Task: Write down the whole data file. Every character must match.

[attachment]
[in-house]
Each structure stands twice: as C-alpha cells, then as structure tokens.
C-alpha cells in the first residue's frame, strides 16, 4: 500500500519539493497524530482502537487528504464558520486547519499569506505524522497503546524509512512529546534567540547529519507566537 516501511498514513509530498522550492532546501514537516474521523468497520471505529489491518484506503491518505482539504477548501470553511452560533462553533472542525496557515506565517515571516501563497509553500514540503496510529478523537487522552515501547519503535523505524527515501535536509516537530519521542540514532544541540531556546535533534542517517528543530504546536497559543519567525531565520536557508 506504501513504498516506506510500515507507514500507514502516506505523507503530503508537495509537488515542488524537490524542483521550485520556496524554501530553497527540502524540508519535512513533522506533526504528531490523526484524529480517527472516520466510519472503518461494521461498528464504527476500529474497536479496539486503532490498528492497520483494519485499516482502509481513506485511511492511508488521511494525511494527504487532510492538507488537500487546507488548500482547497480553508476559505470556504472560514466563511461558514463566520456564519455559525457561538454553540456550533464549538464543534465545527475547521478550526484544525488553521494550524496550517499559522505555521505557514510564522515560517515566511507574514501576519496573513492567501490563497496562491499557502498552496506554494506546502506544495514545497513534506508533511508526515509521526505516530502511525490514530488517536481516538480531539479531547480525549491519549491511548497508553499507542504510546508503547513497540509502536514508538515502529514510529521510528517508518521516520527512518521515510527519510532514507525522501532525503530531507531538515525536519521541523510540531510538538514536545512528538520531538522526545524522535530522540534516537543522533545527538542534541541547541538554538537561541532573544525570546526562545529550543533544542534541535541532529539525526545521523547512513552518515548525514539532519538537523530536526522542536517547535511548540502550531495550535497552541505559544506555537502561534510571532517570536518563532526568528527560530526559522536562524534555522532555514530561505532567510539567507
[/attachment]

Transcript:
[in-house]
Each structure stands twice: as C-alpha cells, then as structure tokens.
C-alpha cells in the first residue's frame, strides 16, 4: 500500500519539493497524530482502537487528504464558520486547519499569506505524522497503546524509512512529546534567540547529519507566537 516501511498514513509530498522550492532546501514537516474521523468497520471505529489491518484506503491518505482539504477548501470553511452560533462553533472542525496557515506565517515571516501563497509553500514540503496510529478523537487522552515501547519503535523505524527515501535536509516537530519521542540514532544541540531556546535533534542517517528543530504546536497559543519567525531565520536557508 506504501513504498516506506510500515507507514500507514502516506505523507503530503508537495509537488515542488524537490524542483521550485520556496524554501530553497527540502524540508519535512513533522506533526504528531490523526484524529480517527472516520466510519472503518461494521461498528464504527476500529474497536479496539486503532490498528492497520483494519485499516482502509481513506485511511492511508488521511494525511494527504487532510492538507488537500487546507488548500482547497480553508476559505470556504472560514466563511461558514463566520456564519455559525457561538454553540456550533464549538464543534465545527475547521478550526484544525488553521494550524496550517499559522505555521505557514510564522515560517515566511507574514501576519496573513492567501490563497496562491499557502498552496506554494506546502506544495514545497513534506508533511508526515509521526505516530502511525490514530488517536481516538480531539479531547480525549491519549491511548497508553499507542504510546508503547513497540509502536514508538515502529514510529521510528517508518521516520527512518521515510527519510532514507525522501532525503530531507531538515525536519521541523510540531510538538514536545512528538520531538522526545524522535530522540534516537543522533545527538542534541541547541538554538537561541532573544525570546526562545529550543533544542534541535541532529539525526545521523547512513552518515548525514539532519538537523530536526522542536517547535511548540502550531495550535497552541505559544506555537502561534510571532517570536518563532526568528527560530526559522536562524534555522532555514530561505532567510539567507